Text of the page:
N-terminal methionine excision (NME) is a proteolytic pathway that cleaves the N-termini of proteins, a process that influences where proteins localise in the cell and their turnover rates. In bacteria, protein biosynthesis is initiated by formylated methionine start tRNA (fMet-tRNAfMet). The formyl group is attached by formyltransferase (FMT) and is subsequently removed by peptide deformylase (PDF) in most but not all proteins. Methionine aminopeptidase then cleaves deformylated methionine to complete the process. Components of NME, particularly PDF, are promising therapeutic targets for bacterial pathogens. In Mycoplasma hyopneumoniae, a genome-reduced, major respiratory pathogen of swine, pdf and fmt are absent from its genome. Our bioinformatic analysis uncovered additional enzymes involved in formylated N-terminal methionine (fnMet) processing missing in fourteen mycoplasma species, including M. hyopneumoniae but not in Mycoplasma pneumoniae, a major respiratory pathogen of humans. Consistent with our bioinformatic studies, an analysis of in-house tryptic peptide libraries confirmed the absence of fnMet in M. hyopneumoniae proteins but, as expected fnMet peptides were detected in the proteome of M. pneumoniae. Additionally, computational molecular modelling of M. hyopneumoniae translation initiation factors reveal structural and sequence differences in areas known to interact with fMet-tRNAfMet. Our data suggests that some mycoplasmas have evolved a translation process that does not require fnMet.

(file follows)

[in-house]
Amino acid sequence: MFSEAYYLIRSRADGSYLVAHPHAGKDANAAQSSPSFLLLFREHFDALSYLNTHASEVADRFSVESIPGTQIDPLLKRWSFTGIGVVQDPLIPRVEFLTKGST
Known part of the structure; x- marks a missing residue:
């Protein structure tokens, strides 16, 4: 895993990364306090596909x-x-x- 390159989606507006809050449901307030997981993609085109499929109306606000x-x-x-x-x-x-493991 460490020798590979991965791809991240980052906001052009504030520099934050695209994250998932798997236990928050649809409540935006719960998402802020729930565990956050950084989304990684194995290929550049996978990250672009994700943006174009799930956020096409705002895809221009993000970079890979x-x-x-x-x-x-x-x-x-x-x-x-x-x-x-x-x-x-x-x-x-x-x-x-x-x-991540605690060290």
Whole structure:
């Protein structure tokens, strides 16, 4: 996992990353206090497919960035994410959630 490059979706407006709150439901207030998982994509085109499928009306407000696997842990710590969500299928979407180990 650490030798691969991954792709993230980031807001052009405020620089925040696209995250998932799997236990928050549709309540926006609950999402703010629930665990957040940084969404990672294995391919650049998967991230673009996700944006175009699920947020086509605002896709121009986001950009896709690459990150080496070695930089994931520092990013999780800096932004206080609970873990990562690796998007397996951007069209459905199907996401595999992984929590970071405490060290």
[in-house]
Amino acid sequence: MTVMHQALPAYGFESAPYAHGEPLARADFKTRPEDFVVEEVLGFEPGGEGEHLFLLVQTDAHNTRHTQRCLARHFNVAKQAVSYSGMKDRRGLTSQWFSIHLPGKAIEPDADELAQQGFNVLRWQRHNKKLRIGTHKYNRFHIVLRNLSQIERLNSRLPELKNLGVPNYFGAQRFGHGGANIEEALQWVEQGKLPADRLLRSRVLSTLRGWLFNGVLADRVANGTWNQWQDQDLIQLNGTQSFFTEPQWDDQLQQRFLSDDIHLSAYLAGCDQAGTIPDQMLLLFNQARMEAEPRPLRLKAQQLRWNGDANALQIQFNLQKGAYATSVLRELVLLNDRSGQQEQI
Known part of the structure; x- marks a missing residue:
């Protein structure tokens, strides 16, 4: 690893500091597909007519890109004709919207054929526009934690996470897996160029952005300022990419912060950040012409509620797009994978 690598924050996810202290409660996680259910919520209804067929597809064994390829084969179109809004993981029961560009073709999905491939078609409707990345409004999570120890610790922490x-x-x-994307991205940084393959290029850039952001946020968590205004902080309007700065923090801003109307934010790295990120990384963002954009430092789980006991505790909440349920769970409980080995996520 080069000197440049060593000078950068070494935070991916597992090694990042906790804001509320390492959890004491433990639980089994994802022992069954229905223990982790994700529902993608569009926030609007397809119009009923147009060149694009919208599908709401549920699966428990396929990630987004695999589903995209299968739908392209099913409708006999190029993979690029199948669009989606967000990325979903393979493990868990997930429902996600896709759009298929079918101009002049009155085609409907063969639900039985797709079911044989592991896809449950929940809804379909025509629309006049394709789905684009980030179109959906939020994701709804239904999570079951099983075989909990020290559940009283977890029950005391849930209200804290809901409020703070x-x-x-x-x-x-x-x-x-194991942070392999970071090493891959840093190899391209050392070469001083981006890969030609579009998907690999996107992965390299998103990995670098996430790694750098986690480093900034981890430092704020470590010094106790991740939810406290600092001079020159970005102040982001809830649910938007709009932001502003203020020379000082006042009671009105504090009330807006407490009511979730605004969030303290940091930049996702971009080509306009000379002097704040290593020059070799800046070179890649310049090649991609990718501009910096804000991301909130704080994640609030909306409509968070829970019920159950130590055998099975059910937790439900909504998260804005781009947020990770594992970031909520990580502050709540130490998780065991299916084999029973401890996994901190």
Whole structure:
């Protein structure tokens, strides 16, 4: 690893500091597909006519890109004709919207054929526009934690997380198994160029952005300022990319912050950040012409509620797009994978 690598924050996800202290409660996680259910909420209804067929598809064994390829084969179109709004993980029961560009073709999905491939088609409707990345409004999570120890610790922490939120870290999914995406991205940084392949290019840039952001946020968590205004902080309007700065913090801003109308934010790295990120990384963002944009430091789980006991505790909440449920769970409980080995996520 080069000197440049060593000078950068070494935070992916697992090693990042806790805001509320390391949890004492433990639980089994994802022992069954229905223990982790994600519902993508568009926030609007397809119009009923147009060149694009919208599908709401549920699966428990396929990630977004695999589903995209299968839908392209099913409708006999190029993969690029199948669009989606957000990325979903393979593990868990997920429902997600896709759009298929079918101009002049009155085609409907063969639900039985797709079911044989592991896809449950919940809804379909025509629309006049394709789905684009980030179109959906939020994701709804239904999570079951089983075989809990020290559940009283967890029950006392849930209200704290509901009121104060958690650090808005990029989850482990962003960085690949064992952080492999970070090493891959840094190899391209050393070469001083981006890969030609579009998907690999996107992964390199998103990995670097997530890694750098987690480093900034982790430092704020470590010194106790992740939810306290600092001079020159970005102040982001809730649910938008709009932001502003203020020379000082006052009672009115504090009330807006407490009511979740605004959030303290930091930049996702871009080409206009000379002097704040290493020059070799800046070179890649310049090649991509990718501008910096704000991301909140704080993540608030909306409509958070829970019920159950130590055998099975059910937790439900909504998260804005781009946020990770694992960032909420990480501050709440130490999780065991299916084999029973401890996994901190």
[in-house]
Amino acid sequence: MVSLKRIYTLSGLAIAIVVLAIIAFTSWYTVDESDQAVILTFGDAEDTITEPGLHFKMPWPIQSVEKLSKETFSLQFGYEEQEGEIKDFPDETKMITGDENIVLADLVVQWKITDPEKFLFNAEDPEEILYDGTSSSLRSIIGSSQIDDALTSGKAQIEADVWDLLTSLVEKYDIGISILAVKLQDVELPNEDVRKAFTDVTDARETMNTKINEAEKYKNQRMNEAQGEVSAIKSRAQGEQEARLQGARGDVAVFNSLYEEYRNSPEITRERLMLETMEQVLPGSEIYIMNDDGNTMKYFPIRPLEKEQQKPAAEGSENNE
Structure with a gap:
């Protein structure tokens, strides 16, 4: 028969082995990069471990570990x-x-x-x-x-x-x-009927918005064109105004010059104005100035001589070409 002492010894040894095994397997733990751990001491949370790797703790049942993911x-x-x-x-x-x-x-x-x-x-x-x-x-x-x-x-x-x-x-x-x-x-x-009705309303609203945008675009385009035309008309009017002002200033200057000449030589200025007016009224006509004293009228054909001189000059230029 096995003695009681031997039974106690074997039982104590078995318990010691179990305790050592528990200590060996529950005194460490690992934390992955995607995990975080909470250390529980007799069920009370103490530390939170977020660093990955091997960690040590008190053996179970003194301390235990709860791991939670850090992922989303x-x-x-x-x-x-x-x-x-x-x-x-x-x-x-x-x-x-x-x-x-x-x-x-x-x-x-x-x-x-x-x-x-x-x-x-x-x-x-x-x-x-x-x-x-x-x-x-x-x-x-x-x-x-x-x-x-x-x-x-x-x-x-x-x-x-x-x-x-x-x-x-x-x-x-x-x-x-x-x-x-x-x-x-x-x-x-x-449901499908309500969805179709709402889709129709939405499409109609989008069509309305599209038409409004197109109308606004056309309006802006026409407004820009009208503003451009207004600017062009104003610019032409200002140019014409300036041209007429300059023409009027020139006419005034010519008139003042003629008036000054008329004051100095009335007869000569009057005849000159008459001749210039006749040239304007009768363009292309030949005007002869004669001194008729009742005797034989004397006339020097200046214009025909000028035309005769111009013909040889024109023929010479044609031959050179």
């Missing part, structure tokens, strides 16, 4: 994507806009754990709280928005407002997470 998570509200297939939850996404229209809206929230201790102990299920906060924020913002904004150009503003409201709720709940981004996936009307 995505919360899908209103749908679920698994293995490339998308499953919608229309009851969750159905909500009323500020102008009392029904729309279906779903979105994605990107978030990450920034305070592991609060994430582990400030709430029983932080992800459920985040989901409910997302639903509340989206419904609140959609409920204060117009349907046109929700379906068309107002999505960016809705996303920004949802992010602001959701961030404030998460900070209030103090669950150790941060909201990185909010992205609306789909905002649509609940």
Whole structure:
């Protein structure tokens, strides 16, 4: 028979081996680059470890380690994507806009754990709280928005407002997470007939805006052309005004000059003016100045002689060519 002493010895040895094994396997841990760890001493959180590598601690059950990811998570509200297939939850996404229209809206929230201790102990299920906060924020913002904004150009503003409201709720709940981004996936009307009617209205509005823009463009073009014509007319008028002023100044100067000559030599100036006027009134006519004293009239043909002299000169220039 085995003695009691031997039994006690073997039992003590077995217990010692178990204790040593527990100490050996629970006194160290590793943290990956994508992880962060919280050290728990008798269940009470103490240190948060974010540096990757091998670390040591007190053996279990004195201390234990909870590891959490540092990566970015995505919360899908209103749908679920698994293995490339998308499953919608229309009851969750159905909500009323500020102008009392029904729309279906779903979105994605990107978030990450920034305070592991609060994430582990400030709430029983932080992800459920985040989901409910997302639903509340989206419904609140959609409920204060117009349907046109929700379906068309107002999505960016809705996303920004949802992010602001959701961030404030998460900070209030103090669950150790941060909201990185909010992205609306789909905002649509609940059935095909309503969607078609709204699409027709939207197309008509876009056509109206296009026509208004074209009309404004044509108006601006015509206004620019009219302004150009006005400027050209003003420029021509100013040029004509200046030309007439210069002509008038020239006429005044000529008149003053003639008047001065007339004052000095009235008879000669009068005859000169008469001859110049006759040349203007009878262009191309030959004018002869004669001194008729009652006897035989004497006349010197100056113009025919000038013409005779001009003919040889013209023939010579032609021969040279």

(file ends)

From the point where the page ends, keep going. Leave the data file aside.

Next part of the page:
Widjaja, M, Harvey, KL, Hagemann, L, Berry, IJ, Jarocki, V, Raymond, BBA, Tacchi, JL, Gründel, A, Steele, JR, Padula, MP, Charles, IG, Dumke, R & Djordjevic, SP 2017, 'Elongation factor Tu is a multifunctional and processed moonlighting protein.', Scientific Reports, vol. 7, no. 1, pp. 1-17.View/Download from: Publisher's site